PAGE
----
Shoplifters Arrested After Stealing Spree
Two women have been arrested after allegedly stealing $15,000 in merchandise on a stealing spree that covered three stores. The shoplifters allegedly filled tote bags with merchandise, dumped the merchandise in a vehicle, and then attempted to re-enter the building with empty tote bags to steal more merchandise. The stolen items included toiletries, medicine, and beauty products.
With concerns of retail theft on the rise, the penalties for these crimes are starting to tilt toward the maximum. All across the country, retailers are reporting that shoplifting rings are targeting their stores. So, legislators and courts will be leaning harder on allegations of shoplifting than they were before retailers were intentionally targeted.
Understanding the law
Florida law calls shoplifting retail theft and it’s detailed 812.015:
- “Retail theft” means the taking possession of or carrying away of merchandise, property, money, or negotiable documents; altering or removing a label, universal product code, or price tag; transferring merchandise from one container to another; or removing a shopping cart, with intent to deprive the merchant of possession, use, benefit, or full retail value.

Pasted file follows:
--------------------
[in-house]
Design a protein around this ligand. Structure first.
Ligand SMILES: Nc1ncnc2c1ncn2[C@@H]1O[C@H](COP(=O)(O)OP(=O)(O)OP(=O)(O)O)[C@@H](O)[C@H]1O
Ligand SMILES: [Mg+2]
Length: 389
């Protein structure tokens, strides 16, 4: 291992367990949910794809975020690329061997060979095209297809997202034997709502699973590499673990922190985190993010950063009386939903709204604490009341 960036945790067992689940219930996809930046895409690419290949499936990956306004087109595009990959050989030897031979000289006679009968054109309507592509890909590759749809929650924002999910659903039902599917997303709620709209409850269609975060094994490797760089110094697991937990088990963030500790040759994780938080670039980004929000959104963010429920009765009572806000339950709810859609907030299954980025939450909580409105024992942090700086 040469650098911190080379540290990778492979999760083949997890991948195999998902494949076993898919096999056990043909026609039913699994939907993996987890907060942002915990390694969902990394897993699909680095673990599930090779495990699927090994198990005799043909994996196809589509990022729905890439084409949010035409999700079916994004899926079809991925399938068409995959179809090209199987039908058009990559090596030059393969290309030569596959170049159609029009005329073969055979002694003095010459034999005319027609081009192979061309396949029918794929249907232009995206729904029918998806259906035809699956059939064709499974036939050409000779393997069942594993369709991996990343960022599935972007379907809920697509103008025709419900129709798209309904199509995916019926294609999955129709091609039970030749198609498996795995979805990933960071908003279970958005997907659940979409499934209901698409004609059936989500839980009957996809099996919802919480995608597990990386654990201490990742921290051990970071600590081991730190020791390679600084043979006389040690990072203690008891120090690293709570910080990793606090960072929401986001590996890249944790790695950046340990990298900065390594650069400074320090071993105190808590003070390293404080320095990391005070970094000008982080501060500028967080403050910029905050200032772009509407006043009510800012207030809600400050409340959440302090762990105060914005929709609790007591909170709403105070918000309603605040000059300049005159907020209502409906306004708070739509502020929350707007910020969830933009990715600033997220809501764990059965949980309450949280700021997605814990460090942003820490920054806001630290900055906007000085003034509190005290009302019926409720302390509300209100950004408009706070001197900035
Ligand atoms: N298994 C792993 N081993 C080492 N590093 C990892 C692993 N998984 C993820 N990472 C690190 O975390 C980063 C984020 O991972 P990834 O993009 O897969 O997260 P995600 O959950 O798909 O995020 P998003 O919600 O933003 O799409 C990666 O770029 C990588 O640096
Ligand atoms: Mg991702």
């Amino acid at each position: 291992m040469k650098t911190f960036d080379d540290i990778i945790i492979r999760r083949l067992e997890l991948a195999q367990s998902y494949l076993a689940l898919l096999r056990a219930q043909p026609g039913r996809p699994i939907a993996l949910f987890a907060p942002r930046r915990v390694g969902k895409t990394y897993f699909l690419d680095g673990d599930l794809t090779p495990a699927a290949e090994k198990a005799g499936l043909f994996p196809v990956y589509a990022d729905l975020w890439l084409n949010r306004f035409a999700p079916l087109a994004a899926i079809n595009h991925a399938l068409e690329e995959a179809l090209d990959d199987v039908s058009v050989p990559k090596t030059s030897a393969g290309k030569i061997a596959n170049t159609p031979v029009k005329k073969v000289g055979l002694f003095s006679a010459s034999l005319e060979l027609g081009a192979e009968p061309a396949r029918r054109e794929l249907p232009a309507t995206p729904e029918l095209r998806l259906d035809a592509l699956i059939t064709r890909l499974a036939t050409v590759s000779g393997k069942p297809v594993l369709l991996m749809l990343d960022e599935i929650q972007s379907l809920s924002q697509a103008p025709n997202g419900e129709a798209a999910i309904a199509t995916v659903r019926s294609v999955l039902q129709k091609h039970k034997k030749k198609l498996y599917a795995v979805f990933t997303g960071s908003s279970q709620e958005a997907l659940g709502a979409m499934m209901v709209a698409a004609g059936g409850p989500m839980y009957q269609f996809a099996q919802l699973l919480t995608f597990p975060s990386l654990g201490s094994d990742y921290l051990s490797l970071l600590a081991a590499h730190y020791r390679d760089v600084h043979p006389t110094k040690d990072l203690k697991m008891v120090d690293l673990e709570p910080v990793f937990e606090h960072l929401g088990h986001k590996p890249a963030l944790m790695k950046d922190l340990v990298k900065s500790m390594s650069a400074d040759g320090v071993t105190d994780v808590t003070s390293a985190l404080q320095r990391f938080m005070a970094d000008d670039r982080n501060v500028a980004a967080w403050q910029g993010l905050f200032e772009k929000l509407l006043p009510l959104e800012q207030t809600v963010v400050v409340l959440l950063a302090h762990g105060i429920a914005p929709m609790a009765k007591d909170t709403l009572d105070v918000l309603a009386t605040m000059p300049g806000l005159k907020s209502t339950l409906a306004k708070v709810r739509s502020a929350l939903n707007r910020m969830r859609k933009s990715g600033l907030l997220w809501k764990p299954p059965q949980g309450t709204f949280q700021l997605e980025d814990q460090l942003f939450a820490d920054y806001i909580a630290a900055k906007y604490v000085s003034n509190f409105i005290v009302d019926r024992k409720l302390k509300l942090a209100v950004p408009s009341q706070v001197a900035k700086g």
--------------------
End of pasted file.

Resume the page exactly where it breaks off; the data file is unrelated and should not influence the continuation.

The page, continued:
The rules include both removing an item from a store without paying for it, but also conduct such as:
- Swapping pricetags
- Interfering with anti-theft devices
- Taking a shopping cart
Penalties for retail theft in Florida
Sentencing for retail theft runs the gamut from the least serious crime you can commit all the way up to a second-degree felony.
- Less than $100 constitutes a second-degree misdemeanor
- Between $100 and $300 constitutes a first-degree misdemeanor
- Between $300 and $20,000 constitutes a third-degree felony
- Between $20,000 and $100,000 constitutes a second-degree felony.
In this case, the defendants would be charged with a third-degree felony based on the amount of merchandise that was stolen.
Defenses to shoplifting in Florida
In some cases, a defendant may raise the point that they did not intend to steal the merchandise but simply walked out the door and forgot to pay. While the police and prosecutors aren’t likely to believe you, you can raise the point that it’s not within your character to steal intentionally.
Mistaken identity is also a factor in many of these cases because stores use surveillance to determine if someone is shoplifting or not. CCTV is not the best at creating a clear picture and in some cases, someone is blamed for something they didn’t do.
It’s important to understand that while most shoplifters fall into the misdemeanor range, the crime will remain on your record and your record would be accessible by potential employers or landlords. So, in most cases, you will want a criminal defense attorney to handle the charges.
Talk to a Criminal Defense Attorney in Port St. Lucie Today
Eighmie Law Firm represents the interests of Port St. Lucie residents who have been charged with retail theft or shoplifting. Call our Port St. Lucie criminal lawyers today to schedule an appointment and we can begin discussing defense strategy immediately.